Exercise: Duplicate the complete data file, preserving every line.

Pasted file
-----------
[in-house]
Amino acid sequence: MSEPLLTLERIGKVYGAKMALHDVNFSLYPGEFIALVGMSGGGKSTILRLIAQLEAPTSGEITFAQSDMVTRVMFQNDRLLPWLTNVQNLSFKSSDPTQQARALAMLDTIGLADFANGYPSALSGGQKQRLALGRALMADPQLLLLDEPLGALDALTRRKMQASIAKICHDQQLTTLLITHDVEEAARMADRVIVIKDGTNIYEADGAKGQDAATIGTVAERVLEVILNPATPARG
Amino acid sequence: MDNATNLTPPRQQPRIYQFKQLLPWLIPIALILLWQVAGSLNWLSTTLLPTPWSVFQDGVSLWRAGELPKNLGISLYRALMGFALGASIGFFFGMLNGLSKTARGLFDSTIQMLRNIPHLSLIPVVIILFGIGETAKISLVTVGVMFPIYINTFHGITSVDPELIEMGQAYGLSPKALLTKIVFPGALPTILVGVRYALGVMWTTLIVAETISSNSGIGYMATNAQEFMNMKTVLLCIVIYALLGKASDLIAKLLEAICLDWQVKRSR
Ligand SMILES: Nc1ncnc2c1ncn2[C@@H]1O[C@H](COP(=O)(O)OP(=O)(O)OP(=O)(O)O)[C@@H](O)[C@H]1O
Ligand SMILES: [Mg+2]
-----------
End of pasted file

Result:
[in-house]
Amino acid sequence: MSEPLLTLERIGKVYGAKMALHDVNFSLYPGEFIALVGMSGGGKSTILRLIAQLEAPTSGEITFAQSDMVTRVMFQNDRLLPWLTNVQNLSFKSSDPTQQARALAMLDTIGLADFANGYPSALSGGQKQRLALGRALMADPQLLLLDEPLGALDALTRRKMQASIAKICHDQQLTTLLITHDVEEAARMADRVIVIKDGTNIYEADGAKGQDAATIGTVAERVLEVILNPATPARG
Amino acid sequence: MDNATNLTPPRQQPRIYQFKQLLPWLIPIALILLWQVAGSLNWLSTTLLPTPWSVFQDGVSLWRAGELPKNLGISLYRALMGFALGASIGFFFGMLNGLSKTARGLFDSTIQMLRNIPHLSLIPVVIILFGIGETAKISLVTVGVMFPIYINTFHGITSVDPELIEMGQAYGLSPKALLTKIVFPGALPTILVGVRYALGVMWTTLIVAETISSNSGIGYMATNAQEFMNMKTVLLCIVIYALLGKASDLIAKLLEAICLDWQVKRSR
Ligand SMILES: Nc1ncnc2c1ncn2[C@@H]1O[C@H](COP(=O)(O)OP(=O)(O)OP(=O)(O)O)[C@@H](O)[C@H]1O
Ligand SMILES: [Mg+2]